Summer Special | Recipes | Chef Sanjeev Kapoor

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Beat the heat this Summer

When it sizzles in summer, many of us lose our cool. First thing most of us are likely to do is to reach out for the fizzy drinks thinking we can get our effervescence back! But no, we only end up getting the calcium leached from our bones! Well, this is not to preach but get on with what is right for summer.

Certain things like aerated waters are best left in the bottles with the seal intact. Fill yourself up with the safest and natural cooler that is water and see the difference in your skin with a new enviable sheen. Besides your step too will have such a spring that people will think it is summer no more. When you go shopping carry a list that has some of the foods that act as coolants.

Foods to beat the heat

With every mango you eat, drink a glassful of milk. Mango has sugars but no protein. Milk has the latter but not the former. So why not combine them, yeah, a mango milkshake is the best, for it will give your body the best nourishment for the summer.

Yogurt (curd):
Make a fresh bowlful everyday at home. Drink it in the form of lassi or as buttermilk but have the yogurt. Have it in raitas or have it plain, but have the yogurt. Even your grandma must have told you it is good for you.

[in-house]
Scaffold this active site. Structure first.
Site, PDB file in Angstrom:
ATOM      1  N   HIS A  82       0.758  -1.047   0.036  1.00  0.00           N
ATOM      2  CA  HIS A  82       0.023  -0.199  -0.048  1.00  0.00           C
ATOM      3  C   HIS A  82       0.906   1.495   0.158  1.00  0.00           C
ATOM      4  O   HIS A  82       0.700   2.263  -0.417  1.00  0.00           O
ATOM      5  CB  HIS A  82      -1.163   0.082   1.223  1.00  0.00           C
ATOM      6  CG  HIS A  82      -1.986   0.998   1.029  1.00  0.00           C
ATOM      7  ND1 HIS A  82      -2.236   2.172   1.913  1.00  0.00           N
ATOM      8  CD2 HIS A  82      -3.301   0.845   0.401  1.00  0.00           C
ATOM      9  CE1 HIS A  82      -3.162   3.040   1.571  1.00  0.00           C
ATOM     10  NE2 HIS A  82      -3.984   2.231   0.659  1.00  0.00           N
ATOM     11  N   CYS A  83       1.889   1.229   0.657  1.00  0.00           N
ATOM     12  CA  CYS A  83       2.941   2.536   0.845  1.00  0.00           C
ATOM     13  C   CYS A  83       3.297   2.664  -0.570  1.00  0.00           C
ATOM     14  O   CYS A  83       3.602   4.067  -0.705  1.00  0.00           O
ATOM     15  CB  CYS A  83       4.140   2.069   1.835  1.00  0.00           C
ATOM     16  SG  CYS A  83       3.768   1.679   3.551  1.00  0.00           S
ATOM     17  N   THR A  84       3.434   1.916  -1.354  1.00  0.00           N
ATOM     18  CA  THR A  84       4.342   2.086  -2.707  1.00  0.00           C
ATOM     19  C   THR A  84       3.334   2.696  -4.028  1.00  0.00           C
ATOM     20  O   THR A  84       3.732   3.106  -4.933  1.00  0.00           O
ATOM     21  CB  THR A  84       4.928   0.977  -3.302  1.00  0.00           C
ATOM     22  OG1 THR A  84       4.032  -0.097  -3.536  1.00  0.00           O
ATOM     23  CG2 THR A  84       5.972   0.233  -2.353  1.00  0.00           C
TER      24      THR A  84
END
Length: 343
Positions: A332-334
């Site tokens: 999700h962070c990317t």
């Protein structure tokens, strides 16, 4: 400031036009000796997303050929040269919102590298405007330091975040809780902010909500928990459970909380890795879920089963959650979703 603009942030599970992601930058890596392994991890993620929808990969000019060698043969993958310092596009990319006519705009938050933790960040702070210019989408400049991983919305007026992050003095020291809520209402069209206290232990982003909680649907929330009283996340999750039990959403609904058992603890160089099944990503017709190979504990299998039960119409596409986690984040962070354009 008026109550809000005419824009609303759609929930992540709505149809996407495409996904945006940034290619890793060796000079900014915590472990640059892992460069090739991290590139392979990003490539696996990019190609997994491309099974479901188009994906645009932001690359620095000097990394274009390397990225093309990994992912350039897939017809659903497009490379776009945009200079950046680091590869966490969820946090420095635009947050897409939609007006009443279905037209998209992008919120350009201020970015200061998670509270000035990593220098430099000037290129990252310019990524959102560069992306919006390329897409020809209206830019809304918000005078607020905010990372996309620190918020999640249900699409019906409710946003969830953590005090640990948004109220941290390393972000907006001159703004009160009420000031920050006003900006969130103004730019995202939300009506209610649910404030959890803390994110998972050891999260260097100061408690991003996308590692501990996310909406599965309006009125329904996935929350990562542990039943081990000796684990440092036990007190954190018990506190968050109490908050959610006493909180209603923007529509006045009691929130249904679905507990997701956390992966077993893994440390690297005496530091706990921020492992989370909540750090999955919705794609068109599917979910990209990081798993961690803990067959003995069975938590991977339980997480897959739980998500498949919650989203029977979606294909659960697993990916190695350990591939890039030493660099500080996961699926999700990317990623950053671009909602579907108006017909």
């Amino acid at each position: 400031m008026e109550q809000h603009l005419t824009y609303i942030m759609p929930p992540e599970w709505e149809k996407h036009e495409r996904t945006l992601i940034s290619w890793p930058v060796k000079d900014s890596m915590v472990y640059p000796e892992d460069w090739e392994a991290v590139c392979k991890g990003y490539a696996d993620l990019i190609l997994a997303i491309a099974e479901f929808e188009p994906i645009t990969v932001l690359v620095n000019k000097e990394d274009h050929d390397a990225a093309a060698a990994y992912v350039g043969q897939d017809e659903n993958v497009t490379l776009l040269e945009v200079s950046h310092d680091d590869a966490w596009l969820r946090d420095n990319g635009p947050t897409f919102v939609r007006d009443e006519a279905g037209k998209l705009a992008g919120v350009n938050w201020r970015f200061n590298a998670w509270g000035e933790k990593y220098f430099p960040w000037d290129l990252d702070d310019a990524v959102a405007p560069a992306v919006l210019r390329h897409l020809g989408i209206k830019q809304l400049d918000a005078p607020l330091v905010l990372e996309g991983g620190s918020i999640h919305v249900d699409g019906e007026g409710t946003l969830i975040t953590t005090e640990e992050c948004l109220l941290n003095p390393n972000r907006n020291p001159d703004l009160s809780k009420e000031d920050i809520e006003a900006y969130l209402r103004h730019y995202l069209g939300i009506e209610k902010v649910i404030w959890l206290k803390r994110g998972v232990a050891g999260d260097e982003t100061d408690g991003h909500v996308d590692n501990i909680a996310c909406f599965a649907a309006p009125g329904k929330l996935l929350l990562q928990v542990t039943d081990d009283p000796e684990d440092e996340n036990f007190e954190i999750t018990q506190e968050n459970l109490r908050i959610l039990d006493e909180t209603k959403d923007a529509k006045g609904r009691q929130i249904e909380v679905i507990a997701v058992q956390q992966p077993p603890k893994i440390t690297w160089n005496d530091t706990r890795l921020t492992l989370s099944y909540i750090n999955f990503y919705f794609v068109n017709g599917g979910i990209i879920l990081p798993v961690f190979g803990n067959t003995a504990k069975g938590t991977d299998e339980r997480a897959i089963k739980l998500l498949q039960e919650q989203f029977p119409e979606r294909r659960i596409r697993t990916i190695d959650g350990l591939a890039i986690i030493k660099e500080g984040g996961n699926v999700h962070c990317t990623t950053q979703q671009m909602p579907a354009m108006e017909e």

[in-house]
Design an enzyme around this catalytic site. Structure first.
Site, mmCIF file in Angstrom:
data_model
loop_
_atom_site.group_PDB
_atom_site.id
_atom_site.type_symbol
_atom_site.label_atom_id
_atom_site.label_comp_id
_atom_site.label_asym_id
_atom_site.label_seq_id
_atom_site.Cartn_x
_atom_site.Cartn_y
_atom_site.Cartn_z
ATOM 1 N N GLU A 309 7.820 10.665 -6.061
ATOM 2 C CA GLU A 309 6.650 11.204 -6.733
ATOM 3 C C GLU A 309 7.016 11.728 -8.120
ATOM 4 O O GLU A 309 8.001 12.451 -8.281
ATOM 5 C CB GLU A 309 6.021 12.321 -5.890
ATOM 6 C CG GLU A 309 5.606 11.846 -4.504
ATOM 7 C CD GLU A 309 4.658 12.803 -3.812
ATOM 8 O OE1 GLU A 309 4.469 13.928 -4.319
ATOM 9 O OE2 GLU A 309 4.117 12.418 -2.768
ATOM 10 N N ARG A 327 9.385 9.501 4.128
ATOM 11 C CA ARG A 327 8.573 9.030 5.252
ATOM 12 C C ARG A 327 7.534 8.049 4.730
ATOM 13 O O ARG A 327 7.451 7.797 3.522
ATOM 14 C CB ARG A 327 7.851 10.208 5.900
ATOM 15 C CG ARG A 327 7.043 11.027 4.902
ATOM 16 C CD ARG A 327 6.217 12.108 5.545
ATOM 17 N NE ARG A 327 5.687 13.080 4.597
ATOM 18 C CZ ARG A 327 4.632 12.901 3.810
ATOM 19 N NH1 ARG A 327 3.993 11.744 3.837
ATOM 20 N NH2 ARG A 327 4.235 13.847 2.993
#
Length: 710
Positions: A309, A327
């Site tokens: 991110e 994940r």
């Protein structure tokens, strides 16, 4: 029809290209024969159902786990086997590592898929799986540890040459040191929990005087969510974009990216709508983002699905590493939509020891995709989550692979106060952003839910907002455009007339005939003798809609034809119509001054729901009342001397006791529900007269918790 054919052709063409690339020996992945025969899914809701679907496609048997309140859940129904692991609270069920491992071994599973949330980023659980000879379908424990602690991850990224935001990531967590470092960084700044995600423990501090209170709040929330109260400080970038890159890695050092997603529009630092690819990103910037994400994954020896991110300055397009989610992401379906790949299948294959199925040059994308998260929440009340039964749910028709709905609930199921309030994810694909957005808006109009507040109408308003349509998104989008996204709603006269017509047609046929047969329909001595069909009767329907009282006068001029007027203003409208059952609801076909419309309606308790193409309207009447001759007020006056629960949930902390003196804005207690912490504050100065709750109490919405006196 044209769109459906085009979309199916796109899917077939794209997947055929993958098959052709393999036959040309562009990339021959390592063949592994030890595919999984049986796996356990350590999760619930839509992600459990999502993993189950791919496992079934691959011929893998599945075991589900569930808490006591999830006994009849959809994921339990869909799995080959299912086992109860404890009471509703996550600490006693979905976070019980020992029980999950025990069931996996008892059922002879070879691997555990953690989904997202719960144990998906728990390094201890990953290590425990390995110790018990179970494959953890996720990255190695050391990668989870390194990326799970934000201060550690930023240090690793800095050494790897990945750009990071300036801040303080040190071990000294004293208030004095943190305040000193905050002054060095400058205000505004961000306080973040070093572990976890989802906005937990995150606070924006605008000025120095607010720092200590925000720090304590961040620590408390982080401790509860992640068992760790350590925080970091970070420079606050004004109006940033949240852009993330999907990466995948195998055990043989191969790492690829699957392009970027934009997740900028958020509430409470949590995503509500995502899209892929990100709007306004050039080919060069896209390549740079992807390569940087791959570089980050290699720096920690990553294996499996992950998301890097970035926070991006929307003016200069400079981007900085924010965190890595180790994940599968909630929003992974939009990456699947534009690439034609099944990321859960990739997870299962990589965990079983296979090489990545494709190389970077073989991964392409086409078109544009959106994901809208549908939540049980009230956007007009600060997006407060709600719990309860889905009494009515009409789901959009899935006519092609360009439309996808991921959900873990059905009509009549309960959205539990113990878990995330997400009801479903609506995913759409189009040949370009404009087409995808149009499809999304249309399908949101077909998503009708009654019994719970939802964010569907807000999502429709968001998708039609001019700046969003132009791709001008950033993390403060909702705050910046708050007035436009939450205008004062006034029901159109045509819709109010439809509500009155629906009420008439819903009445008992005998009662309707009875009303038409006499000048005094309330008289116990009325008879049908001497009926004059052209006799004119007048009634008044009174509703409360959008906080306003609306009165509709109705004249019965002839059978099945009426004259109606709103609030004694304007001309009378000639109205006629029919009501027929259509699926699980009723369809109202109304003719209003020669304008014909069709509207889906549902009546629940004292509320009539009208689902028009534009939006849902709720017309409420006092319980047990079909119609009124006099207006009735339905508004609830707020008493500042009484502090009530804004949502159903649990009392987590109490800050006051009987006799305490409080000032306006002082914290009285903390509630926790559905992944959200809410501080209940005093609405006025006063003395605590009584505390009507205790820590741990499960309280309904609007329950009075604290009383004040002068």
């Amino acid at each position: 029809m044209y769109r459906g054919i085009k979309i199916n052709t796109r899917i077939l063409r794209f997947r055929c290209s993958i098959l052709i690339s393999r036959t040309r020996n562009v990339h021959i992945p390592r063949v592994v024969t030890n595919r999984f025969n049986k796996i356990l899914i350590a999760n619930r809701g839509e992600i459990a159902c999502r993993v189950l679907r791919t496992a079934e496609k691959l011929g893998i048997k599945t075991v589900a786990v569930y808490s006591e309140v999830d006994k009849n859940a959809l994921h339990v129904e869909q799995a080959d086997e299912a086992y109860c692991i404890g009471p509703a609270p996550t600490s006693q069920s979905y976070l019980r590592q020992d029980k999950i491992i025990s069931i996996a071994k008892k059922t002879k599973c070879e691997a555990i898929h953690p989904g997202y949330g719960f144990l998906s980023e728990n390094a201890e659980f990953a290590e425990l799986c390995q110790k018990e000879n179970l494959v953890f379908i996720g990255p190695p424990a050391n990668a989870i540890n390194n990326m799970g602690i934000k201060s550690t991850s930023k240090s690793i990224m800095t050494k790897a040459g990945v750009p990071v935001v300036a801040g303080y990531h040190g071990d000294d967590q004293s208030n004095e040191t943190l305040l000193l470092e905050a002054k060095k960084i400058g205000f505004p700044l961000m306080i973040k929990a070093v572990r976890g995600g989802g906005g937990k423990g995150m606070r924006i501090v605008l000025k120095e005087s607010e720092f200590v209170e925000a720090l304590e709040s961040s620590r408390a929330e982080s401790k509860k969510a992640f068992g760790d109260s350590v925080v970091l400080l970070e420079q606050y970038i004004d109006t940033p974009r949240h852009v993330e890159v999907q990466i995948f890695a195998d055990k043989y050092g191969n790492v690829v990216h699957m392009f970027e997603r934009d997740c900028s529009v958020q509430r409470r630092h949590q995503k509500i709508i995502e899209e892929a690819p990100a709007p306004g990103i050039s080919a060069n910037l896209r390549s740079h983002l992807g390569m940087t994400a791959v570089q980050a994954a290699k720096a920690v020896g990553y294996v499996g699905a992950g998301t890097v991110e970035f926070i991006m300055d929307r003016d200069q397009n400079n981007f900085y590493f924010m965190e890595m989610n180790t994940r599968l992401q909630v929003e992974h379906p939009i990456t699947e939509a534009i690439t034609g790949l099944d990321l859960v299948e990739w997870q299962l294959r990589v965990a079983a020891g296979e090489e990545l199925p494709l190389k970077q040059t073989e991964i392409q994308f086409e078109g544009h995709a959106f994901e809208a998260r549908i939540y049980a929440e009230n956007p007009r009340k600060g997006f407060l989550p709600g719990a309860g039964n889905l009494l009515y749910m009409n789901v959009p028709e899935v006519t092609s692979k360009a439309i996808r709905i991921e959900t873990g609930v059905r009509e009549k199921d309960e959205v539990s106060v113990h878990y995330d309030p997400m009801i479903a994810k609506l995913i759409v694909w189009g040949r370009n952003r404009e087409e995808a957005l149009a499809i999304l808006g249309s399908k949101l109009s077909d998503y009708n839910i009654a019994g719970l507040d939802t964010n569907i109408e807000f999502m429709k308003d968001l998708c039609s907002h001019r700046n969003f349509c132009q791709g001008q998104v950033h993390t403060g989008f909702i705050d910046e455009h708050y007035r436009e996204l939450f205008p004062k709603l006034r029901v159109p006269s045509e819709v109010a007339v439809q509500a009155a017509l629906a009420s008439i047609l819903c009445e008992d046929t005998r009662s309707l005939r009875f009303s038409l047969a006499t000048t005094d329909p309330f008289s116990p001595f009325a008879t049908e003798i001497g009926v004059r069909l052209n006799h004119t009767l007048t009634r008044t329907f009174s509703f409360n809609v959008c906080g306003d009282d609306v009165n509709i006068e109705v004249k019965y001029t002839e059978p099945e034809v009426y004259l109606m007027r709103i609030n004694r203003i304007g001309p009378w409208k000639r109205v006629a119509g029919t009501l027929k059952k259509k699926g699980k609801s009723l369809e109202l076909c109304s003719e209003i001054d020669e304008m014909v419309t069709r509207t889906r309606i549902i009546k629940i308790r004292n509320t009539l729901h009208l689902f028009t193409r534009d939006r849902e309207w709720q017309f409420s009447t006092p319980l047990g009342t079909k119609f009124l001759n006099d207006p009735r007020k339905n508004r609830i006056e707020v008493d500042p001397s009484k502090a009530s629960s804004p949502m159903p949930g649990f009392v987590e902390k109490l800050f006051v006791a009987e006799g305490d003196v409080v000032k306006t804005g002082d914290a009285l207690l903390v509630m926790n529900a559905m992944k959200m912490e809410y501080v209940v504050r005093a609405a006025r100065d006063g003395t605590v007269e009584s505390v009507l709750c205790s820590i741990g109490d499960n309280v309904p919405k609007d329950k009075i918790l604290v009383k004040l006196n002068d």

Ghee is fattening. Period. So have a little, a few drops, just a wee bit on your chapattis. It provides a cooling effect to the stomach but believe us, we need to be cool.

You need not just the roasted cumin powder for the panna, raitas and buttermilk. You also need cumin seeds to go in the tempering of summer veggies. Cumin not only cools but also adds its interesting two bits to the cooking.

Rose water:
Rose water is another beauty aid that helps make you lovely in summer. Soak some small cotton wads in rose water and place on eyes before you sleep. You sleep well, of course, but also get dreams of fragrant rose gardens and isn’t that the best way to pep yourself up to face another blistering day! Rose water mixed with talcum powder is a good home remedy for prickly heat and rashes.

Gram flour:
While on home remedies, gram flour too is a winner. No, not as food item. Should not eat too much of it in summer as it is difficult to digest, but it is definitely recommended as a substitute for soap once in a while in the summer months. It removes the dirt and grime as it is a natural scrub. Make a paste with some rose water and lemon juice and use as soap. Rinse off well.

Most of us hated this in childhood! But, as adults, we know the benefits of having just a teaspoonful of gulkand a day. It is candied rose petals that can be used to good advantage in recipes too. It is cooling in spite of its sweetness.

We all wait for April, May and June. For it is mango season. Everyone loves the juicy king of the fruits but do you also know that they are enriched with vitamin A that is good for eyesight and also improves formation of healthy epithelium so that you keep away common infections? Now you know. Enjoy the ripe ones as dessert. Pickle the raw ones and better still boil a few raw mangoes, dilute the pulp with aqua, add a pinch or two of roasted cumin powder and black salt to make delicious panna.  Cool yourself down with a glass of chilled panna which will give the colas a run for their money.